Great Parks 2 – A Masterplan Gone (Going) Horribly Wrong
Warning: This analysis started off being written in a factual manner. As time wore on it suffered from cynicism and then anger (yes, really).
This is a story of something that could have been (indeed, still could be) a housing development that lives up to its own publicity but instead is on track to be a sell out. A sell out to the very concept of "master planning" and resident consultation.
It typifies why people have lost faith in both the planning process and the councils that oversee planning that process.
Let's start at the beginning: In 2013, Torbay Council engaged in a public consultation to develop a masterplan for an area of land located on the western boundary of Torbay (in fact, the town of Paignton, that is one of three towns that comprise the planning authority that is Torbay; the others being Torquay and Brixham).
Being on the western boundary, and high up a hill, is important because the development can be sold as having views of the green valley to the west, and sea views to the east. A great place to live, as marketing hype likes to say.
The consultation resulted in a 90-page informative document: “Paignton Great Parks Enquiry-by-Design Masterplan Report”. The report is classified as “Supplementary Planning Guidance” so it carries a lot of weight. Or, at least, it should.
The overall aims for the masterplan are to secure:
- A co-ordinated and sustainable phase 2 development
- Greater certainty on the location, style, scale of development, access and infrastructure arrangements;
Here we illustrate how the Masterplan (and wishes of the residents) is being ripped apart. The best way to do this is to work through the Masterplan by doing a before and after visual comparison. It then becomes (painfully) obvious.
The issue is this: A carefully designed and consulted plan for a community housing development has an over-sized, out-of-character, supermarket (and carpark) transplanted onto its most important location, destroying the basic premise of the entire development!
Firstly, the boundaries of the site. The supermarket is shown by a black-rectangle overlay. It has a large carpark as well as the building; and we all know how visually appealing carparks are.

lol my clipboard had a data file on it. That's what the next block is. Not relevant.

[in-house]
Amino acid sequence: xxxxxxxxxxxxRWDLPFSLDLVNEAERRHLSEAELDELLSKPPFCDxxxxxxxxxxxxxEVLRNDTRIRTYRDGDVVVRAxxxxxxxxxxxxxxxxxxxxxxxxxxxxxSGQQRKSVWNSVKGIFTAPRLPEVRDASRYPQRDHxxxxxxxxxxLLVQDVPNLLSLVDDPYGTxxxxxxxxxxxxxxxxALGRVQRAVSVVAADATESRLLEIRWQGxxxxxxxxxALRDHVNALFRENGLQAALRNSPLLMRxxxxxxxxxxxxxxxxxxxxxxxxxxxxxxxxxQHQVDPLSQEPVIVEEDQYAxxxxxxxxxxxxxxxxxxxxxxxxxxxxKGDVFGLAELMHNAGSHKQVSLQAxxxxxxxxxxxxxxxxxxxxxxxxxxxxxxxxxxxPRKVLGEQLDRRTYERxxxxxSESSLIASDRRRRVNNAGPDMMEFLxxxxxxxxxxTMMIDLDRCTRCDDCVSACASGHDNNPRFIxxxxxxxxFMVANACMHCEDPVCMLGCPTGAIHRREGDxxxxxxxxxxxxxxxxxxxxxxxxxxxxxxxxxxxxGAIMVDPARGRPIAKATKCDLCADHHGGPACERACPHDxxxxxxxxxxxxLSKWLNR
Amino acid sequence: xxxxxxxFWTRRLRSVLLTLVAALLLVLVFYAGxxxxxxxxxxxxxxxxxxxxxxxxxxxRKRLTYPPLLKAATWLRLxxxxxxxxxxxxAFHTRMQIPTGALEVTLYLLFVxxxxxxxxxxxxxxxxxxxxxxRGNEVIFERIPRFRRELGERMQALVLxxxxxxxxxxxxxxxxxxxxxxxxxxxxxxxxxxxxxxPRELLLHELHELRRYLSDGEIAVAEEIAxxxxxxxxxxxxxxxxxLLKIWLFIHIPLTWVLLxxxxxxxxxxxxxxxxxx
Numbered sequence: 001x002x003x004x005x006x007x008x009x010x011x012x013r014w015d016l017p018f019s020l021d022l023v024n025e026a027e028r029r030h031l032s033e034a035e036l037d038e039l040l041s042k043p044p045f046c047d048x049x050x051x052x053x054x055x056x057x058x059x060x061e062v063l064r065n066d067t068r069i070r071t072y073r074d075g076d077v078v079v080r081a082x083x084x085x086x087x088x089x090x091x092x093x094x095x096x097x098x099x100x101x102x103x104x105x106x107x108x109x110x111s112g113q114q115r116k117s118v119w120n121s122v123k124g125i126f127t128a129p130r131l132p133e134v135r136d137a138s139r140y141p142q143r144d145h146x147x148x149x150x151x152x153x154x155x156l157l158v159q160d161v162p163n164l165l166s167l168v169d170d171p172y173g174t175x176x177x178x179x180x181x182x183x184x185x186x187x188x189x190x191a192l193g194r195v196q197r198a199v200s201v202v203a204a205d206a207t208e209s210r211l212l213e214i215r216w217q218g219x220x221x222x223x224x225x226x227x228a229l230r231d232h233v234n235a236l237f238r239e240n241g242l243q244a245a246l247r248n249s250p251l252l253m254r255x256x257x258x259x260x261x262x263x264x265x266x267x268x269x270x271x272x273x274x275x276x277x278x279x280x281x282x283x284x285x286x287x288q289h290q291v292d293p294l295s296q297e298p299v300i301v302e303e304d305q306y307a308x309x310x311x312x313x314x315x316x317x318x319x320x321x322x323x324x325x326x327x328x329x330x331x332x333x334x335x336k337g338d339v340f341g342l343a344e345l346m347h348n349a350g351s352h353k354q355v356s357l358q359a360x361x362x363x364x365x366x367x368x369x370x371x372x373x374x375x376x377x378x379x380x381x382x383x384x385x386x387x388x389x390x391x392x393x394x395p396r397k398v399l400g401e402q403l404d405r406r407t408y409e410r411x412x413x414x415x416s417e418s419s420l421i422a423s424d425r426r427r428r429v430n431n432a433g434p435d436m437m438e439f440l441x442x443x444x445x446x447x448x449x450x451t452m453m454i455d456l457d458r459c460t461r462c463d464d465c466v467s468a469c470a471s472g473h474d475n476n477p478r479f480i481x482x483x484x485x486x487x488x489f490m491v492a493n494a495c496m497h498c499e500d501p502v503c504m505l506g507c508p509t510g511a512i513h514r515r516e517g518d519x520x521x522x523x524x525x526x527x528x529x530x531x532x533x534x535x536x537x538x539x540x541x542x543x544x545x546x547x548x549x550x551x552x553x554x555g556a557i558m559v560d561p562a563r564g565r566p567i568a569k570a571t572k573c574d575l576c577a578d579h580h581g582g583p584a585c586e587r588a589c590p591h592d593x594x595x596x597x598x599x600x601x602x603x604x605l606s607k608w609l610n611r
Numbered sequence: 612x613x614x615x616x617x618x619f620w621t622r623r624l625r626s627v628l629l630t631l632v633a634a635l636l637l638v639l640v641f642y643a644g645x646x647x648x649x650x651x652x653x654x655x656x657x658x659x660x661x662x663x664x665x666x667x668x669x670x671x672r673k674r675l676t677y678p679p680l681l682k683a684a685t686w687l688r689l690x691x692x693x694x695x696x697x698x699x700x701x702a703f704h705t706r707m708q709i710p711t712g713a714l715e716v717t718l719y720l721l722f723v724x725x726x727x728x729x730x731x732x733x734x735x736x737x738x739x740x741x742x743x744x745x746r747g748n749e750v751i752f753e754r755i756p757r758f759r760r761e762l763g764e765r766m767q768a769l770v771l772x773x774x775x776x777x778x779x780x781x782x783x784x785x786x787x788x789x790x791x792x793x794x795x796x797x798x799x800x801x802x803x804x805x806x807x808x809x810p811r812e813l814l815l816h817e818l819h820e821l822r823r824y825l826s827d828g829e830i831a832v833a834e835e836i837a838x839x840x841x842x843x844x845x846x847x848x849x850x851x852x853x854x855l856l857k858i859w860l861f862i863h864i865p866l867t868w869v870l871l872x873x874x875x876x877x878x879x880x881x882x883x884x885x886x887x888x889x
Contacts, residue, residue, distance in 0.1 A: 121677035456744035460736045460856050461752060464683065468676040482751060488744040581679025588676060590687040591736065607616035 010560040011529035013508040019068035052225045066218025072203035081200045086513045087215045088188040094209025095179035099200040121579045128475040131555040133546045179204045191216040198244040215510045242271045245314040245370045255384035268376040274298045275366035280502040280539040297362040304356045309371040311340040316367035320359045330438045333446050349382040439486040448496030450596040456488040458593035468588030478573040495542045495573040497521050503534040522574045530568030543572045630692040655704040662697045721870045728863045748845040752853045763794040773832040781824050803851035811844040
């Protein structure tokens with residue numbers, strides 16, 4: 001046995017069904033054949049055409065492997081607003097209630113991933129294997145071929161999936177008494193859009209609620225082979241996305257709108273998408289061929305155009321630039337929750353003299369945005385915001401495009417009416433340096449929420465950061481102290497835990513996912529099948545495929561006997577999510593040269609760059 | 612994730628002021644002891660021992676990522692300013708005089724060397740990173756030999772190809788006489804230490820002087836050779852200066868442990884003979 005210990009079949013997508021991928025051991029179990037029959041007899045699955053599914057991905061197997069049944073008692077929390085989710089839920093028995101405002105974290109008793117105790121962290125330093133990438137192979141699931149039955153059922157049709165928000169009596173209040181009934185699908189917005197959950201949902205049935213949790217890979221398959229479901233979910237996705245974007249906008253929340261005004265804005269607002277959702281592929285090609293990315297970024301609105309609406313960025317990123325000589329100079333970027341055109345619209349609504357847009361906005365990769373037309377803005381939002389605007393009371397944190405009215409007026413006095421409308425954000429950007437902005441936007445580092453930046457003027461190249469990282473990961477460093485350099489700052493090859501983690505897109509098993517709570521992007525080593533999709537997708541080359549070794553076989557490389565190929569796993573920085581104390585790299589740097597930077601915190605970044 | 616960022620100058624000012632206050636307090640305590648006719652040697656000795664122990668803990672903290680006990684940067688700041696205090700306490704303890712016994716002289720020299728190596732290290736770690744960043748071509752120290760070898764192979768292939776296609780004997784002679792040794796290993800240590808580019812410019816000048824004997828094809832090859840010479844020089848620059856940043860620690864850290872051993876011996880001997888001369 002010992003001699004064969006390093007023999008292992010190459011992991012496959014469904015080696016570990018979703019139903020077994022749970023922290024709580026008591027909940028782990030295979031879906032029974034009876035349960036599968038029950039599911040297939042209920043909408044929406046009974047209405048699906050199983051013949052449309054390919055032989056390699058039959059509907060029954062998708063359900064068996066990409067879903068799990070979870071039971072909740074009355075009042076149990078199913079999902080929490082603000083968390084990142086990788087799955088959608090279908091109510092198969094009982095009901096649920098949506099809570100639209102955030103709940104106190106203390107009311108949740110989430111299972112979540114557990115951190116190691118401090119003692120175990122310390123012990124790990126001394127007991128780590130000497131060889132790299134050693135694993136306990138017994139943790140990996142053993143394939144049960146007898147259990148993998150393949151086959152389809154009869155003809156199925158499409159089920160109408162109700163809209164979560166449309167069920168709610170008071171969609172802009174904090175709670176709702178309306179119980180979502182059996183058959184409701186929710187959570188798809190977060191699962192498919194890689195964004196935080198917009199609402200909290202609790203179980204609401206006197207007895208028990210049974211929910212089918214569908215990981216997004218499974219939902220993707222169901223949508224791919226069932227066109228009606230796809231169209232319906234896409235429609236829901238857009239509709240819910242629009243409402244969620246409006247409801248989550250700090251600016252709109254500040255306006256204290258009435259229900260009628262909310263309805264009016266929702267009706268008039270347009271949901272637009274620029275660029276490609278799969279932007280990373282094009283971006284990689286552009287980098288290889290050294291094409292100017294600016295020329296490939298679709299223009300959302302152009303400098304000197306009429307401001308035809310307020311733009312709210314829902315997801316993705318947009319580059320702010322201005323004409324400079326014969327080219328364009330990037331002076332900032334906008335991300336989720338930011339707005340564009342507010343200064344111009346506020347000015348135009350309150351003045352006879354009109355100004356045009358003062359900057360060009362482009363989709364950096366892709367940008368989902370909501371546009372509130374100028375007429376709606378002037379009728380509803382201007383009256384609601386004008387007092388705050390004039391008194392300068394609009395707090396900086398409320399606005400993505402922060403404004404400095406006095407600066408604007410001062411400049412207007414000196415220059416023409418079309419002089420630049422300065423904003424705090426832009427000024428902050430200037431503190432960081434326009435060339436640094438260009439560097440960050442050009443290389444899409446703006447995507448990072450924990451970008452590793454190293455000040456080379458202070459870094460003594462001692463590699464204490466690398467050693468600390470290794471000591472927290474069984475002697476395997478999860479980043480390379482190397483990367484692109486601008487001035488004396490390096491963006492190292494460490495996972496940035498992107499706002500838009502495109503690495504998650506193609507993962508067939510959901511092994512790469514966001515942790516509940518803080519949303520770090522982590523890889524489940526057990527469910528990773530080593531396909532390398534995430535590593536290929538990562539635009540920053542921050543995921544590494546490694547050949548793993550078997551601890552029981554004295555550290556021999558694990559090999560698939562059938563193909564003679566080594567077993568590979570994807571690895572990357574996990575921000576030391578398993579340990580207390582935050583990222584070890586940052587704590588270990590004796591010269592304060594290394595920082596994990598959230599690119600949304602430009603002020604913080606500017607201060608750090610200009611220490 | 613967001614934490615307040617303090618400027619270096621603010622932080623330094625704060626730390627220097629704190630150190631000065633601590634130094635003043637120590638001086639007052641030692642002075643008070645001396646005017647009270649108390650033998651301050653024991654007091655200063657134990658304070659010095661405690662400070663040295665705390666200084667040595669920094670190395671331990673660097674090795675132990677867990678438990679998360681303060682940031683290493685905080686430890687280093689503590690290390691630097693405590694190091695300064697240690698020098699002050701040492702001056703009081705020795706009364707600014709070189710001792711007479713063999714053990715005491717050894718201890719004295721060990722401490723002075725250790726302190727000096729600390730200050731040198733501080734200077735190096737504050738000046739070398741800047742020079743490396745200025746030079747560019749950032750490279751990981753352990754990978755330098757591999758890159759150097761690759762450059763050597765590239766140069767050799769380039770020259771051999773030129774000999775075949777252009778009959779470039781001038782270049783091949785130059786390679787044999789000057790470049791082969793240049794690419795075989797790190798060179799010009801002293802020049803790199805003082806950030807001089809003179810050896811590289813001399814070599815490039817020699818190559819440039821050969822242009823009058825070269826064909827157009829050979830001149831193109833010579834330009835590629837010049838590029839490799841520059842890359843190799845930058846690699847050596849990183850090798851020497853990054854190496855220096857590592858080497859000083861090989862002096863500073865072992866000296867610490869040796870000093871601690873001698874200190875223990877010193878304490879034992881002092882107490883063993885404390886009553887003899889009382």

- L. Uden
This needs a proper publicly aired consultation. Trying to do it via the internet is frankly hopeless. Covid restrictions may well mean that any public attended meeting is not possible in the present climate; that being so, decisions on this development should be postponed until such time as it is possible to have a publicly aired debate. After all, Covid restrictions will not be with us forever but the Great Parks development will be.
Could it be that certain parties have spotted that Covid restrictions on large public gatherings, i.e. public enquiries will not happen therefore little if any objections will be heard and so can be virtually ignored so now is a good time to press ahead ?
On a further note; how many houses are expected to be built on this site ? Looking at the plans it would seem to be a very large conglomeration, no doubt attracting families. Where will the children play ? Oh yes, on the supermarket carpark. I forgot about that.
Sorry but whilst I like and shop frequently do, at Lidl I do not see this as the proper place for a supermarket, far better to have a row of smaller shops serving the community, e.g. butcher, newsagent, takeaway, hairdresser etc. and a community centre that can host; mother and toddlers, mobile library, and all of the other things that village halls get used for..